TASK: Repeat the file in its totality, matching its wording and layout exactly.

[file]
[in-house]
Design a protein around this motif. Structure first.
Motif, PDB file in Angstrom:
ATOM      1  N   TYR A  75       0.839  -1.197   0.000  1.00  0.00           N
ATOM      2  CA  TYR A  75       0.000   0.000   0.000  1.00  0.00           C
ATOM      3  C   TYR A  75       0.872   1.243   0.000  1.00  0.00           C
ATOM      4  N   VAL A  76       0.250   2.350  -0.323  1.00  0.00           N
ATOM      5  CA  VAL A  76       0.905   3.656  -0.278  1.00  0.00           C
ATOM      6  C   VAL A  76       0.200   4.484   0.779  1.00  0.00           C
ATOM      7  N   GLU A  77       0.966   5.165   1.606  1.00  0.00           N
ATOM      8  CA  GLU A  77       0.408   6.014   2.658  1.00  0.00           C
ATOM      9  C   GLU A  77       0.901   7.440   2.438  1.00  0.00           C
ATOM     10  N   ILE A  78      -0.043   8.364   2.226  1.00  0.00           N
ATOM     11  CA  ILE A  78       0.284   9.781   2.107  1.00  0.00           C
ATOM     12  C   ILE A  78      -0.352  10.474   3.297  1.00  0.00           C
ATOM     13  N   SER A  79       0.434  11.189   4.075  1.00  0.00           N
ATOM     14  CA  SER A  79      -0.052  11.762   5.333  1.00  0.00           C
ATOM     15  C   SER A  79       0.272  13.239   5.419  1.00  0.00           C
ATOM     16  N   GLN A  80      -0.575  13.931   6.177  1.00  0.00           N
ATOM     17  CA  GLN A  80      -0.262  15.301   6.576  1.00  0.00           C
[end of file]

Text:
[in-house]
Design a protein around this motif. Structure first.
Motif, PDB file in Angstrom:
ATOM      1  N   TYR A  75       0.839  -1.197   0.000  1.00  0.00           N
ATOM      2  CA  TYR A  75       0.000   0.000   0.000  1.00  0.00           C
ATOM      3  C   TYR A  75       0.872   1.243   0.000  1.00  0.00           C
ATOM      4  N   VAL A  76       0.250   2.350  -0.323  1.00  0.00           N
ATOM      5  CA  VAL A  76       0.905   3.656  -0.278  1.00  0.00           C
ATOM      6  C   VAL A  76       0.200   4.484   0.779  1.00  0.00           C
ATOM      7  N   GLU A  77       0.966   5.165   1.606  1.00  0.00           N
ATOM      8  CA  GLU A  77       0.408   6.014   2.658  1.00  0.00           C
ATOM      9  C   GLU A  77       0.901   7.440   2.438  1.00  0.00           C
ATOM     10  N   ILE A  78      -0.043   8.364   2.226  1.00  0.00           N
ATOM     11  CA  ILE A  78       0.284   9.781   2.107  1.00  0.00           C
ATOM     12  C   ILE A  78      -0.352  10.474   3.297  1.00  0.00           C
ATOM     13  N   SER A  79       0.434  11.189   4.075  1.00  0.00           N
ATOM     14  CA  SER A  79      -0.052  11.762   5.333  1.00  0.00           C
ATOM     15  C   SER A  79       0.272  13.239   5.419  1.00  0.00           C
ATOM     16  N   GLN A  80      -0.575  13.931   6.177  1.00  0.00           N
ATOM     17  CA  GLN A  80      -0.262  15.301   6.576  1.00  0.00           C